The third account of the destruction of the library of Alexandria places the blame on the invasion of Egypt by the Arabs. The Moslems took over Alexandria in 640 AD and the conquering general, general Amrou, asked the Caliph Omar for instructions on what to do with the contents of the library.
And according to the story, he was instructed by the Caliph that:
“If their content is in accordance with the book of Allah, we may do without them, for in that case the book of Allah more than suffices. If, on the other hand, they contain matter not in accordance with the book of Allah, there can be no need to preserve them. Proceed, then and destroy them.”
So, allegedly, all the texts were destroyed “by using them as tinder for the bathhouses of the city. Even then it was said to have taken six months to burn all the documents.”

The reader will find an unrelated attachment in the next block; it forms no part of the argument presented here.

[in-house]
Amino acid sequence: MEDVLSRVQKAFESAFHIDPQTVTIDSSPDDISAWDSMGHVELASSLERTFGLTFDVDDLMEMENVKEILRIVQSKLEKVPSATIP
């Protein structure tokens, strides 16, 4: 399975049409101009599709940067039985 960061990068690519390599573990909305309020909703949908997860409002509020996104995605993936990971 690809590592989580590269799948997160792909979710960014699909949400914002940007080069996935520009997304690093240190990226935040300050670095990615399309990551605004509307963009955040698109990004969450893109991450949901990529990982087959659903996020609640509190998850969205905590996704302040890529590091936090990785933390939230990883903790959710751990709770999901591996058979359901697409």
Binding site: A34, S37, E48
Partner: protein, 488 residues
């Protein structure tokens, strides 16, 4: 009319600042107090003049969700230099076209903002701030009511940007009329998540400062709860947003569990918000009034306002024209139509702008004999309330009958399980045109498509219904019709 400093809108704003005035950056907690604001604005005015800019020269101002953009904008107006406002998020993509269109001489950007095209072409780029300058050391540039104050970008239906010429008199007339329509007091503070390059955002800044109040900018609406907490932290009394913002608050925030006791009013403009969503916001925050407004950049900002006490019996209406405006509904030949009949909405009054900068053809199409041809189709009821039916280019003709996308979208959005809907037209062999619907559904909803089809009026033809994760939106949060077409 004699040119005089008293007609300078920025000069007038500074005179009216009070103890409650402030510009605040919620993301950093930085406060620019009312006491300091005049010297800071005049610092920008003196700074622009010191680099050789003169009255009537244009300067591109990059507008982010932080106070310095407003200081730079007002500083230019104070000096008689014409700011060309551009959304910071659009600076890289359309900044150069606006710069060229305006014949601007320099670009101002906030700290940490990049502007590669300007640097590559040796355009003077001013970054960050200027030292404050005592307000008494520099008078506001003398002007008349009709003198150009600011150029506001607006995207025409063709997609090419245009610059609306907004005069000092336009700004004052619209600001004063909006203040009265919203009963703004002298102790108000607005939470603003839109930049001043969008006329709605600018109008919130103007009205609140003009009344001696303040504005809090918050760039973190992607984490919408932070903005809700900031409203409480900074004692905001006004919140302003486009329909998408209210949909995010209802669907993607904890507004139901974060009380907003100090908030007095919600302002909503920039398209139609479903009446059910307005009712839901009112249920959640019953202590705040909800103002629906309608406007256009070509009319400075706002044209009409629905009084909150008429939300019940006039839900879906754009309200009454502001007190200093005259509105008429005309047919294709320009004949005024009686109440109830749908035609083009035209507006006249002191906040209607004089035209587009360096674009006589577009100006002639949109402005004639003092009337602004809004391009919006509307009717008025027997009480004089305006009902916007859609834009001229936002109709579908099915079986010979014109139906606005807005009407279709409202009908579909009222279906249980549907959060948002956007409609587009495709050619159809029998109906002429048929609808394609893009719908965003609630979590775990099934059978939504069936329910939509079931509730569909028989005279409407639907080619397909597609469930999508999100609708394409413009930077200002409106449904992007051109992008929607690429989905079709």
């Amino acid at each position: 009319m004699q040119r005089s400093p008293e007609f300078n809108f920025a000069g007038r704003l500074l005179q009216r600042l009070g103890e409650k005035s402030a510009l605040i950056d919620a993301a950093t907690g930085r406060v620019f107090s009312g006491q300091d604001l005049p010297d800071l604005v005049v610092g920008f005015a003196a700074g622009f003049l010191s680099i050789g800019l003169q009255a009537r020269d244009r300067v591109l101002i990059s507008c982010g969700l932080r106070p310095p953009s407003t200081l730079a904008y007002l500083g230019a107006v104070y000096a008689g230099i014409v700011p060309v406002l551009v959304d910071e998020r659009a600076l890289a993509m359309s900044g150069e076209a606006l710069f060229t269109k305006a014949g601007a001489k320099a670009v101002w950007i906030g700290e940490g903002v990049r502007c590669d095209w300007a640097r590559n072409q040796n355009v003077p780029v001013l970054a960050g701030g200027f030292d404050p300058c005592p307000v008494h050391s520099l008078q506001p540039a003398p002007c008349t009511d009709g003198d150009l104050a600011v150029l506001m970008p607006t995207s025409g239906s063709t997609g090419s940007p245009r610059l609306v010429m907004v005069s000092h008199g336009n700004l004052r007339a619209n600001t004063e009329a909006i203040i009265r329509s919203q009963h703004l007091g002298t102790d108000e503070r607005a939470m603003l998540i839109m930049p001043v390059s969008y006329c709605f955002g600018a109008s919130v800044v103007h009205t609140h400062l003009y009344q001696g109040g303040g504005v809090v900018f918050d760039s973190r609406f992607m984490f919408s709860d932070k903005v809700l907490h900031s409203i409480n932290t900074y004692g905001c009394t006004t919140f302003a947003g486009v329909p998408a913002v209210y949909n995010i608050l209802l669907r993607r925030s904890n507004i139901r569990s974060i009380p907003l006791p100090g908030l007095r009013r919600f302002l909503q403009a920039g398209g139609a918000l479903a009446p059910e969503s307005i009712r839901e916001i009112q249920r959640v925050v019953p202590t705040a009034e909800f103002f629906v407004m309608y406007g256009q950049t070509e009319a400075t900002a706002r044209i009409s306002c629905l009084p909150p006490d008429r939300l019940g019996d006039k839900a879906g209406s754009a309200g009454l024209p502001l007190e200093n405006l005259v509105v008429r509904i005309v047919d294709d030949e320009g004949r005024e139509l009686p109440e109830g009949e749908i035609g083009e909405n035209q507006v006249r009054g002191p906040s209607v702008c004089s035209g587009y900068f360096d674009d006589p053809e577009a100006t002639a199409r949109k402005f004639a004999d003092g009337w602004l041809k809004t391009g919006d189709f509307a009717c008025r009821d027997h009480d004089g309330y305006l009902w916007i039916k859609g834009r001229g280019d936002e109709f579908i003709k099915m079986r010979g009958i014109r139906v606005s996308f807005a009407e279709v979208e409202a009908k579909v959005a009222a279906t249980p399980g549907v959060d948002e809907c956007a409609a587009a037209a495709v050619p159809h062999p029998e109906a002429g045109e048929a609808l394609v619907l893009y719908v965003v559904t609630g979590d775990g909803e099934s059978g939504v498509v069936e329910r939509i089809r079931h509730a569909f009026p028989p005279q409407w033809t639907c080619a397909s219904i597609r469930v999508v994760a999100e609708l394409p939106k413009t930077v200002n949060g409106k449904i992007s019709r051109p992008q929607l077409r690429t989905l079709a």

This third account of the destruction of the library of Alexandria is not taken seriously by historians because it was written by “Bishop Gregory Bar Hebræus, a Christian who spent a great deal of time writing about Moslem atrocities without much historical documentation.”
There are many accounts of the destruction of the library of Alexandria but I have just chosen to present these three accounts which according to my findings are the most popular.
Now, the library of Alexandria was not the only prestigious library of the ancient world. There were other libraries of the ancient world with almost equal status as the library of Alexandria in Greece, Syria and in many other places.
But I think that the destruction of the library of Alexandria is a significant and historical example of the loss of knowledge and how a world that values knowledge should mourn its loss.